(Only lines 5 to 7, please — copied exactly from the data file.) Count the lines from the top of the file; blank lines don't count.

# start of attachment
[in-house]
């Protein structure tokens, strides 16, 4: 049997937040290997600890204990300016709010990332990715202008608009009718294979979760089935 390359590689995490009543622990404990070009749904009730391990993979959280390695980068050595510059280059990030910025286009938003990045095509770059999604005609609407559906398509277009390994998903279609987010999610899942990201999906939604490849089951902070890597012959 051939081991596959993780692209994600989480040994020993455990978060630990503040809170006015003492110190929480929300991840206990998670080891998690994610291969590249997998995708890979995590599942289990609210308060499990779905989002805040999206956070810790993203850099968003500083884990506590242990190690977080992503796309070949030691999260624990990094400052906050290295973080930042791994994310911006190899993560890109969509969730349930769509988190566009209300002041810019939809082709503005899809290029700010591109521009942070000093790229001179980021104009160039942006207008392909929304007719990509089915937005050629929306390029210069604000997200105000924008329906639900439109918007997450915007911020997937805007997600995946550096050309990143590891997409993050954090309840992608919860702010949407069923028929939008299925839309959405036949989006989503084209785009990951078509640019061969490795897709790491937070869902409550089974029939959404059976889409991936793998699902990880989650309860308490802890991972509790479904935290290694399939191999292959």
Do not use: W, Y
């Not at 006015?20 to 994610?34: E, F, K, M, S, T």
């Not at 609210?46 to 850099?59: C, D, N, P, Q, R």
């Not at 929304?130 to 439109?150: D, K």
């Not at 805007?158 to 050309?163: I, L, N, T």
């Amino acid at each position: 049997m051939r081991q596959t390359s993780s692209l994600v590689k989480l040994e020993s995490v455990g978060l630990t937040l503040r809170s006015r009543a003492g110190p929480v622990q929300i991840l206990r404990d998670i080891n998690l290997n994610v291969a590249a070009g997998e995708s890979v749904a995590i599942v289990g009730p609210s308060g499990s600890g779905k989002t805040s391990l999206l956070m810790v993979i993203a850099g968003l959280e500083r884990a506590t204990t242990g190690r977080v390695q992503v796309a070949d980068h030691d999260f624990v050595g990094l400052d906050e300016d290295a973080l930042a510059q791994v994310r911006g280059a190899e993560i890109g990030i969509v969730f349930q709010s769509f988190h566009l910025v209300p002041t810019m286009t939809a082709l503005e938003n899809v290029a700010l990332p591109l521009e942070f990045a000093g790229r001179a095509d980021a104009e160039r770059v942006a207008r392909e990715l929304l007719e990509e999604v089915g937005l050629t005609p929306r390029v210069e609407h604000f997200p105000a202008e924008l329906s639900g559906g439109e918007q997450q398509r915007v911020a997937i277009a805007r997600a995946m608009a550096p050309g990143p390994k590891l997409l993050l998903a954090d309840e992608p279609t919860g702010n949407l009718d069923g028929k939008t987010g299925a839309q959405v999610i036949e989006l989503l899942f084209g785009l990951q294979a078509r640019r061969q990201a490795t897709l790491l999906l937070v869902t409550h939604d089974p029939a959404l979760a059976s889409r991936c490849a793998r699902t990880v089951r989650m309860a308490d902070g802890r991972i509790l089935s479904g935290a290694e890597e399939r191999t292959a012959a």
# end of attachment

């Not at 609210?46 to 850099?59: C, D, N, P, Q, R």
């Not at 929304?130 to 439109?150: D, K």
């Not at 805007?158 to 050309?163: I, L, N, T």